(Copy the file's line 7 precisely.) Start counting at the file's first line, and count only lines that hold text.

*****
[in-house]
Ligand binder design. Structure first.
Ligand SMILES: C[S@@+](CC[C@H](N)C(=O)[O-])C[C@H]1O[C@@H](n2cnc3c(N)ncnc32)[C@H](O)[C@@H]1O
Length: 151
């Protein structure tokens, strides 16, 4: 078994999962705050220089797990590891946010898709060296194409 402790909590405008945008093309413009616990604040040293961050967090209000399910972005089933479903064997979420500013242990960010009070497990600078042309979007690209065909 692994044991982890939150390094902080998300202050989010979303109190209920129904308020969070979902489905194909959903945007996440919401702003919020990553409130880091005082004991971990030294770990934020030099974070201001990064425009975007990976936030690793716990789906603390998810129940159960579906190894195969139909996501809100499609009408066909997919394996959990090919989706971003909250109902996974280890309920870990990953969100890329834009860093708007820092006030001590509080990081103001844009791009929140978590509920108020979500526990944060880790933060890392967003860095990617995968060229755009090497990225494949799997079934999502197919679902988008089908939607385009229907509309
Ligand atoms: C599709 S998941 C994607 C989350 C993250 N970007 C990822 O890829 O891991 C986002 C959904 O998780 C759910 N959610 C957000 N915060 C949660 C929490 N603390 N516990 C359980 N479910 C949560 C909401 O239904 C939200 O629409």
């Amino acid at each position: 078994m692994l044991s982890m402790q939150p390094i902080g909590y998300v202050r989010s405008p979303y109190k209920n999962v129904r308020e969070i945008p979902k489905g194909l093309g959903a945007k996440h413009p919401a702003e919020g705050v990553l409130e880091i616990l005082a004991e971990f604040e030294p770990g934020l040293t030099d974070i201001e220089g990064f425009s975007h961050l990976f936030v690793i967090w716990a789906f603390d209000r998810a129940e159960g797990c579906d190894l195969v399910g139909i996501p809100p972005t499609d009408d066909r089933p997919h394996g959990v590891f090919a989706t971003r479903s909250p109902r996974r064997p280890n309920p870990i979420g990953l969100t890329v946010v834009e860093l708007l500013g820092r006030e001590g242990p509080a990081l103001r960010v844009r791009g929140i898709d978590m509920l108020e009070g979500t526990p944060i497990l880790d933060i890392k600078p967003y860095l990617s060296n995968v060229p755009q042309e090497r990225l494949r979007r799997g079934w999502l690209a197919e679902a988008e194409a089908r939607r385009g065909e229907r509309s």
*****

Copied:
């Amino acid at each position: 078994m692994l044991s982890m402790q939150p390094i902080g909590y998300v202050r989010s405008p979303y109190k209920n999962v129904r308020e969070i945008p979902k489905g194909l093309g959903a945007k996440h413009p919401a702003e919020g705050v990553l409130e880091i616990l005082a004991e971990f604040e030294p770990g934020l040293t030099d974070i201001e220089g990064f425009s975007h961050l990976f936030v690793i967090w716990a789906f603390d209000r998810a129940e159960g797990c579906d190894l195969v399910g139909i996501p809100p972005t499609d009408d066909r089933p997919h394996g959990v590891f090919a989706t971003r479903s909250p109902r996974r064997p280890n309920p870990i979420g990953l969100t890329v946010v834009e860093l708007l500013g820092r006030e001590g242990p509080a990081l103001r960010v844009r791009g929140i898709d978590m509920l108020e009070g979500t526990p944060i497990l880790d933060i890392k600078p967003y860095l990617s060296n995968v060229p755009q042309e090497r990225l494949r979007r799997g079934w999502l690209a197919e679902a988008e194409a089908r939607r385009g065909e229907r509309s």